• Illinois HB 2068 requires employers with at least 50 employees in Chicago and other towns and counties, to allow employees to use pre-tax dollars for the purchase of a transit pass through payroll deductions.
  • Workers’ Compensation

  • Illinois HB 2145 provides that an employer that fails to carry workers' compensation insurance may have its business license revoked and pay fines.
  • Leaves of Absence

  • Illinois HB 2493 requires an employer to provide up to two workweeks of unpaid leave to an employee grieving a family or household member killed in a crime of violence.
  • Illinois HB 2034 requires employers with at least 50 full-time employees in Illinois to provide up to two workweeks of unpaid leave unpaid bereavement leave to an employee who has lost a child by suicide or homicide. The amount of the leave depends on the size of the employer.
  • Illinois HB 3516 requires employers with businesses with 51 or more employees to allow employees to use up to ten days of paid leave in a 12-month period for organ donation.
  • Paid Leave

  • Illinois SB 208 creates the Paid Leave for All Workers Act to permit employees to accrue 40 hours of paid leave per year to use for any purpose.
  • Chicago Paid Leave and Paid Sick and Safe Leave Ordinance requires that employees will accrue one hour of Paid Sick Leave for every 40 hours worked and may use up to 40 hours of Paid Leave per year. Depending on employer size, Paid Leave may need to be paid out on separation of employment. In effect December 31st, 2023.
  • Ohio

    Pay History

  • The City of Columbus’s Ordinance No. 0709-2023 employers with 15 or more employees from asking about or screening job applicants based on their current or prior wages, benefits, other compensation, or salary histories. In effect March 1st, 2024.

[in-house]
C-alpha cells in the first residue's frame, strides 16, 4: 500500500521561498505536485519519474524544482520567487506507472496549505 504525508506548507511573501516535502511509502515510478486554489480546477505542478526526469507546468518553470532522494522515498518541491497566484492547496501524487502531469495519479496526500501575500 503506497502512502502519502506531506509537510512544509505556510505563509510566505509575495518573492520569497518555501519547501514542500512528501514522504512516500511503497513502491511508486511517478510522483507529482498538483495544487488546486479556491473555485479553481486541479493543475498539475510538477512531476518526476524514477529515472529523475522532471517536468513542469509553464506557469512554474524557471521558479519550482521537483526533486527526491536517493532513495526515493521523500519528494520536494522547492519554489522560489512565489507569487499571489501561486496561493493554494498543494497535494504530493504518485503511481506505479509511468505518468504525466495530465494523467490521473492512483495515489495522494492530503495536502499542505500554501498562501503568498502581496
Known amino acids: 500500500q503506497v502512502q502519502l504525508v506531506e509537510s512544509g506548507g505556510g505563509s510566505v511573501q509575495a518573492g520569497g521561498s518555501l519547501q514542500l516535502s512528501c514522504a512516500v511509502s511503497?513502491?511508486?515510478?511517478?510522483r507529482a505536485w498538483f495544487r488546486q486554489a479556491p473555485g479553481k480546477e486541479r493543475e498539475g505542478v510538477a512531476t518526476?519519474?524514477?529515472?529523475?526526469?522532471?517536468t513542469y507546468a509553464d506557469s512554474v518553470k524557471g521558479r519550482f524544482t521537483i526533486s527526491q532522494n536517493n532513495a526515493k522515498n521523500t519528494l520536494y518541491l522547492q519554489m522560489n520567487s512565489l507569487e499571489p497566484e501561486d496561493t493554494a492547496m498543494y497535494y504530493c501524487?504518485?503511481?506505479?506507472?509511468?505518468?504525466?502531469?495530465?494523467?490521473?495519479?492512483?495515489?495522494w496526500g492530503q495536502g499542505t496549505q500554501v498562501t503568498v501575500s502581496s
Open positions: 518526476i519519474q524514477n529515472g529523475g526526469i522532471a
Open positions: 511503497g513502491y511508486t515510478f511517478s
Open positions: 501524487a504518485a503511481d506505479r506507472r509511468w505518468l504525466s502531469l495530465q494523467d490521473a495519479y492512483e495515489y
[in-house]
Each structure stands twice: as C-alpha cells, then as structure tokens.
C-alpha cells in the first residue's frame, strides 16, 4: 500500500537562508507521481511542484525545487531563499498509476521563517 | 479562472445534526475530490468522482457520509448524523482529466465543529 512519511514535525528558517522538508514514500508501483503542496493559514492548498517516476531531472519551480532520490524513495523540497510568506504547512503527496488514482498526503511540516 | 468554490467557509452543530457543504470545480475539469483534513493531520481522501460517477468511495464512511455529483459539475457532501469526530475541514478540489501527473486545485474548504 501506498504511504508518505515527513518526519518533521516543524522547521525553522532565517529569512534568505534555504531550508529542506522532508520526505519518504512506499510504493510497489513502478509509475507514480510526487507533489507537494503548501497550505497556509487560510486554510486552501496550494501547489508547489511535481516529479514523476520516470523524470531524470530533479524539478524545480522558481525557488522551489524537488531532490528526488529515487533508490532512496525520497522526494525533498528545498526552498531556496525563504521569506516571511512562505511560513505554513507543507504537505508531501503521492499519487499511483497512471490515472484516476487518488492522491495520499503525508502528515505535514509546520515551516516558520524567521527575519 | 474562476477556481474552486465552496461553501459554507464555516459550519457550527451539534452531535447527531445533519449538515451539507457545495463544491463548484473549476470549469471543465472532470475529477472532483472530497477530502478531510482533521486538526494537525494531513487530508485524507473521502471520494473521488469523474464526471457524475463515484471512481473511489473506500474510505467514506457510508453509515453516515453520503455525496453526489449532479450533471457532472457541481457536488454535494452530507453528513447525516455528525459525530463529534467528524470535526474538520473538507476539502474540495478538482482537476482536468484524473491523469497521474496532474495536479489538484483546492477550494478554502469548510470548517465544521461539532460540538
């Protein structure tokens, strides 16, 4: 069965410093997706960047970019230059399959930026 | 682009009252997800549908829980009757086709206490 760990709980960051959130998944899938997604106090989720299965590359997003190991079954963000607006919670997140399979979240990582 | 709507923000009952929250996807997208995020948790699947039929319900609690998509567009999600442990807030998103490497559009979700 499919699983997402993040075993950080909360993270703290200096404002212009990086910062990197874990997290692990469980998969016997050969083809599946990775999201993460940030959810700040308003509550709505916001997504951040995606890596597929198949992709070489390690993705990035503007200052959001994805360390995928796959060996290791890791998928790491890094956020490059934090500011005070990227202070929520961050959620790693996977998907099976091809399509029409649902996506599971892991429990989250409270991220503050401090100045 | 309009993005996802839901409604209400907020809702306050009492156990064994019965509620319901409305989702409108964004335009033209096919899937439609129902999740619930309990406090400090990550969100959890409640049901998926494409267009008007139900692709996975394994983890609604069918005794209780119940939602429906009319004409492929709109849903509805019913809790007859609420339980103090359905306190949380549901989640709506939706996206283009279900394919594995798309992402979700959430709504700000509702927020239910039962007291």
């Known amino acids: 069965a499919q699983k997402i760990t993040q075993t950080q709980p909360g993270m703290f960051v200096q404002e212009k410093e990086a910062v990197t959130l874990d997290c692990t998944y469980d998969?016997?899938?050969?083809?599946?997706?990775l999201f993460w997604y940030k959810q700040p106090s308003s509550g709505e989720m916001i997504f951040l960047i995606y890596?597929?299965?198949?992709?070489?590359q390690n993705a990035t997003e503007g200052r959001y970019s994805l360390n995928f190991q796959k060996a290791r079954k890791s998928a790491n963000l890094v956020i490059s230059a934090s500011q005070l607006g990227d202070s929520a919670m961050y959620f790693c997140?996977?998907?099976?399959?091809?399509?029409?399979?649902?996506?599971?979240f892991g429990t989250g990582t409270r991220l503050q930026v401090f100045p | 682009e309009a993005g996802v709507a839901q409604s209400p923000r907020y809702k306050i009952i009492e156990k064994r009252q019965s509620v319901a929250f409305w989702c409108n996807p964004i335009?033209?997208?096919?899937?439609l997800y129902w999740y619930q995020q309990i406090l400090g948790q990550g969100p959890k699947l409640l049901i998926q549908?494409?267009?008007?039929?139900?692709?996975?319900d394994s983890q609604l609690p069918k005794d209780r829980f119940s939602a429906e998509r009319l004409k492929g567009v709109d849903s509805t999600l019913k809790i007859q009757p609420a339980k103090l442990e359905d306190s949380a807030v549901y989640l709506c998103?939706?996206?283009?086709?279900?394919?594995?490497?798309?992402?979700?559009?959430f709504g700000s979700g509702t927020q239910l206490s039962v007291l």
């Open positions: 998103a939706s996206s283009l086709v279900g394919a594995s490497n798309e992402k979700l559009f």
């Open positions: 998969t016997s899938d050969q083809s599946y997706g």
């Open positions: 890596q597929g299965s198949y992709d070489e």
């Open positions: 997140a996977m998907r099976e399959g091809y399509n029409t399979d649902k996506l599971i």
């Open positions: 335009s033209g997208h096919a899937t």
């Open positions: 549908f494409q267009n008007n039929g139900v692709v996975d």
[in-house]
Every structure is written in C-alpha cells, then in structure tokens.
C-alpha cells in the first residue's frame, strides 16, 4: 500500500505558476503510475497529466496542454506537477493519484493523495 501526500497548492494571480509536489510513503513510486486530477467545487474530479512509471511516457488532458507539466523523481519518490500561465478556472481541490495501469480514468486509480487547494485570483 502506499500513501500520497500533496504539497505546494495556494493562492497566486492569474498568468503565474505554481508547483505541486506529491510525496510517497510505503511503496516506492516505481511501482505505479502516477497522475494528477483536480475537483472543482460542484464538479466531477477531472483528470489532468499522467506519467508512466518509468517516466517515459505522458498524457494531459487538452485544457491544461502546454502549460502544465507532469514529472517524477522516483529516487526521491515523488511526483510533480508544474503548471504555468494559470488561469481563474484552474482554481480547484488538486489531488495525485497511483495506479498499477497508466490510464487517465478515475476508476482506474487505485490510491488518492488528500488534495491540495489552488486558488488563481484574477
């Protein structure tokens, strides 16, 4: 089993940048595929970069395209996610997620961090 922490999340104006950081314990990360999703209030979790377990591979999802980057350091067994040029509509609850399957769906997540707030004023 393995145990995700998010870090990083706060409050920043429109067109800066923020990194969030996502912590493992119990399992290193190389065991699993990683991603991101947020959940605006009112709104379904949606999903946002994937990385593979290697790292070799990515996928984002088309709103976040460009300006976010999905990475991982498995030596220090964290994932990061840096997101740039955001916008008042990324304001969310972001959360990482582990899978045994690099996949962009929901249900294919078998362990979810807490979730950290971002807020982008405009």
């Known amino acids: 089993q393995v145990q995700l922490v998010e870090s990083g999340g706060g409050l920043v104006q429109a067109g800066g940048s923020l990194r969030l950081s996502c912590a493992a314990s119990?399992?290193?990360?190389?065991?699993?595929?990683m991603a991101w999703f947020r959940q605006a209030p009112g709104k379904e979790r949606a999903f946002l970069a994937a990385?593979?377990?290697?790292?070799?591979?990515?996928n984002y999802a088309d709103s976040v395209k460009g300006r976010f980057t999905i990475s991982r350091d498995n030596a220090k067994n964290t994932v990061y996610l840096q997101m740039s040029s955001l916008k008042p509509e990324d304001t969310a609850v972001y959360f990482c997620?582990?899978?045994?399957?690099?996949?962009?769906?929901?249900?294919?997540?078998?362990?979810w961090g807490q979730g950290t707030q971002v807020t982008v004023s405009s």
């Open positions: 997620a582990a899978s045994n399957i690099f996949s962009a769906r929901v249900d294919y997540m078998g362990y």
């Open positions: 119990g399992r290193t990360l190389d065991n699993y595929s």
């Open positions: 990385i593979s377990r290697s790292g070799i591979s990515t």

• Connecticut

    Workers’ Compensation

  • Connecticut SB 913 expands workers' compensation coverage for post-traumatic stress injuries for all employees, not just police officers, firefighters, emergency medical service personnel, emergency 911 dispatchers and similar employees.
  • Artificial Intelligence

  • Connecticut SB 1103 enacts new rules pertaining to artificial intelligence, automated decision-making, and data privacy. Establishes an Office of Artificial Intelligence and a task force to study AI and develop an AI bill of rights. Requires the Department of Administrative Services to inventory AI systems in use by any state agency.
  • Colorado

    Equal Pay/Wage Transparency

  • Colorado SB23-105 amends Colorado’s Equal Pay for Equal Work Act to require employers to post all job and promotional opportunities, with salary range, benefits, and information about the hiring process. Extends the back pay recovery period from three to six years for employees who claim pay discrimination.
  • Oregon

    Discrimination and Harassment

  • Oregon HB 3307 extends civil rights, discrimination, and harassment workplace protections to participants in registered apprenticeship programs and certain private-sector on-the-job training programs.
  • Leaves of Absence

  • Oregon HB 3443 expands eligibility for protected leave under the Oregon Family Leave Act (OFLA) to include bias crime victims.
  • Oregon SB 1033 defines “active service of the state” for purposes of the requirement that an employer grant a leave of absence during a period of active military service.
  • Washington

    Cannabis Use

  • Washington SB 5123 prohibits an employer from discriminating against a person in hiring based on the person's use of cannabis off the job and away from the workplace, or because an employer-required drug screening test found the presence of nonpsychoactive cannabis metabolites.
  • Rhode Island

    Wage and Hour

  • Rhode Island HB 5902 increases the criminal penalty for employers involved in wage payment violations and employee misclassification.